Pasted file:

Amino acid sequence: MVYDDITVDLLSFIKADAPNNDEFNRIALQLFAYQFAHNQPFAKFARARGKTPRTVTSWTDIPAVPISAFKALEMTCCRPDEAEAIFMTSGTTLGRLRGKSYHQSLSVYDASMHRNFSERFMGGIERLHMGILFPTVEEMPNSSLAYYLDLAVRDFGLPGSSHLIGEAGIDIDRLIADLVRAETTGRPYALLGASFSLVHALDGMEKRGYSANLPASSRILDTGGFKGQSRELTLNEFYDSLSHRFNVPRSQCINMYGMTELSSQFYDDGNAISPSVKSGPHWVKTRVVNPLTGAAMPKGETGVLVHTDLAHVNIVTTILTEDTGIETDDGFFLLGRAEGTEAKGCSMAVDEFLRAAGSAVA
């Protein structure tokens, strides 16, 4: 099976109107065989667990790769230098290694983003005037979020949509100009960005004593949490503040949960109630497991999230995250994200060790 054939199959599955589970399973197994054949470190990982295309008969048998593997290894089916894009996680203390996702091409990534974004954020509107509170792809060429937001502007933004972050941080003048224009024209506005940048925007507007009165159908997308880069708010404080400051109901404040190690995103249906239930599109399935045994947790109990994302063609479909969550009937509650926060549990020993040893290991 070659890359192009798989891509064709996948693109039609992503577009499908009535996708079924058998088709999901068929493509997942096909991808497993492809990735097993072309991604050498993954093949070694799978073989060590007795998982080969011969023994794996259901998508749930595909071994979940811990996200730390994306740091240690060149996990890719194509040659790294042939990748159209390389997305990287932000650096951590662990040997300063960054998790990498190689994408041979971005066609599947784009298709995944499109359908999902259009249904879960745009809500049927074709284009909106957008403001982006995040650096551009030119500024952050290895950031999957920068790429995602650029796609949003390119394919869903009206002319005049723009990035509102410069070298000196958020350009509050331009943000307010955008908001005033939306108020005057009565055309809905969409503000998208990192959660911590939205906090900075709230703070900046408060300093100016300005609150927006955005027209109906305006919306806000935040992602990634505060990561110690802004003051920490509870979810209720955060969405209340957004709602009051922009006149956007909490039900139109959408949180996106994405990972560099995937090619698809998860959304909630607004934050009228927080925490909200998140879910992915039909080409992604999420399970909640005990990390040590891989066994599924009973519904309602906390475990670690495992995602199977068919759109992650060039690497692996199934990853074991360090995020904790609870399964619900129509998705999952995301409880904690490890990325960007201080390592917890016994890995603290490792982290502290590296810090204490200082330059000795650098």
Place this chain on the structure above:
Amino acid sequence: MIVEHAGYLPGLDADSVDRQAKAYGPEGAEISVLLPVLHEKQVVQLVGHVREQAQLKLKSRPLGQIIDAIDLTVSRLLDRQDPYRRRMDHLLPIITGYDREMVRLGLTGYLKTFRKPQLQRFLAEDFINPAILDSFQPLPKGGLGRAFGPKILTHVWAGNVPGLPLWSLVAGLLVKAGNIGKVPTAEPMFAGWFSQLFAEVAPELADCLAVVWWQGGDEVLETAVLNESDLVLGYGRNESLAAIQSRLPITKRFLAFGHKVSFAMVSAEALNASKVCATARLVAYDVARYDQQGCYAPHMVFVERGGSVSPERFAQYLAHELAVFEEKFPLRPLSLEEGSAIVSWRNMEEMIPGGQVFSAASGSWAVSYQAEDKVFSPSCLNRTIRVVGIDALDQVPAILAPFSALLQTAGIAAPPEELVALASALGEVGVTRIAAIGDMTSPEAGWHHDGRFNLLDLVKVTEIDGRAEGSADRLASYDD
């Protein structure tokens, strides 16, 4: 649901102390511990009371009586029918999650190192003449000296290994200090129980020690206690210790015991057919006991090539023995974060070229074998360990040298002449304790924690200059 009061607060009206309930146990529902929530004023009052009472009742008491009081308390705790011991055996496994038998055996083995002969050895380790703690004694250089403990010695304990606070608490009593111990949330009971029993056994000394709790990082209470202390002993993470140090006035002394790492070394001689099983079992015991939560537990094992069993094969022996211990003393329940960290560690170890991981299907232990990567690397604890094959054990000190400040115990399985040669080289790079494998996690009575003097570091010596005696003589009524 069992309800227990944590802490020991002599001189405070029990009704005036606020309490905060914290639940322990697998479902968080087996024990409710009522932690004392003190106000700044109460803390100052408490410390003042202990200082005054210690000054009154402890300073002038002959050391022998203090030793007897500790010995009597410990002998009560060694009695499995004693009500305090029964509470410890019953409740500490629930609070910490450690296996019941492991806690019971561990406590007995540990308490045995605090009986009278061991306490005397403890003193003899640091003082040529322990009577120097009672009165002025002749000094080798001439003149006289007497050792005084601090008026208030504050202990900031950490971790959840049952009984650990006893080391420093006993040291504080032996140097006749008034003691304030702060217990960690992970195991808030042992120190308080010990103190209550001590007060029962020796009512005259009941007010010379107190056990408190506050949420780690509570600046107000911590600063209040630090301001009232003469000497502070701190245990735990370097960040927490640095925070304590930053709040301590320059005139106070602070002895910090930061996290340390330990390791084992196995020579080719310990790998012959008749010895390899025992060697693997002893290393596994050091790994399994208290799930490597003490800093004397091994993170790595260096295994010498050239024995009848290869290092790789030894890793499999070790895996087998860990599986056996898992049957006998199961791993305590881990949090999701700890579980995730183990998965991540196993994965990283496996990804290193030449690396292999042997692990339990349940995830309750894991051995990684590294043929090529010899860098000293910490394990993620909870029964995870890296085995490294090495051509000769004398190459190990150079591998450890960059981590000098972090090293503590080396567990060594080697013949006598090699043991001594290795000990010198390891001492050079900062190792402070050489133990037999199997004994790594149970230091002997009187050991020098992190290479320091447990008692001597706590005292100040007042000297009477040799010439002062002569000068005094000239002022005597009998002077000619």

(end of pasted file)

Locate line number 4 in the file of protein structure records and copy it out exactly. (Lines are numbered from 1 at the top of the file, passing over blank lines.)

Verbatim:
Amino acid sequence: MIVEHAGYLPGLDADSVDRQAKAYGPEGAEISVLLPVLHEKQVVQLVGHVREQAQLKLKSRPLGQIIDAIDLTVSRLLDRQDPYRRRMDHLLPIITGYDREMVRLGLTGYLKTFRKPQLQRFLAEDFINPAILDSFQPLPKGGLGRAFGPKILTHVWAGNVPGLPLWSLVAGLLVKAGNIGKVPTAEPMFAGWFSQLFAEVAPELADCLAVVWWQGGDEVLETAVLNESDLVLGYGRNESLAAIQSRLPITKRFLAFGHKVSFAMVSAEALNASKVCATARLVAYDVARYDQQGCYAPHMVFVERGGSVSPERFAQYLAHELAVFEEKFPLRPLSLEEGSAIVSWRNMEEMIPGGQVFSAASGSWAVSYQAEDKVFSPSCLNRTIRVVGIDALDQVPAILAPFSALLQTAGIAAPPEELVALASALGEVGVTRIAAIGDMTSPEAGWHHDGRFNLLDLVKVTEIDGRAEGSADRLASYDD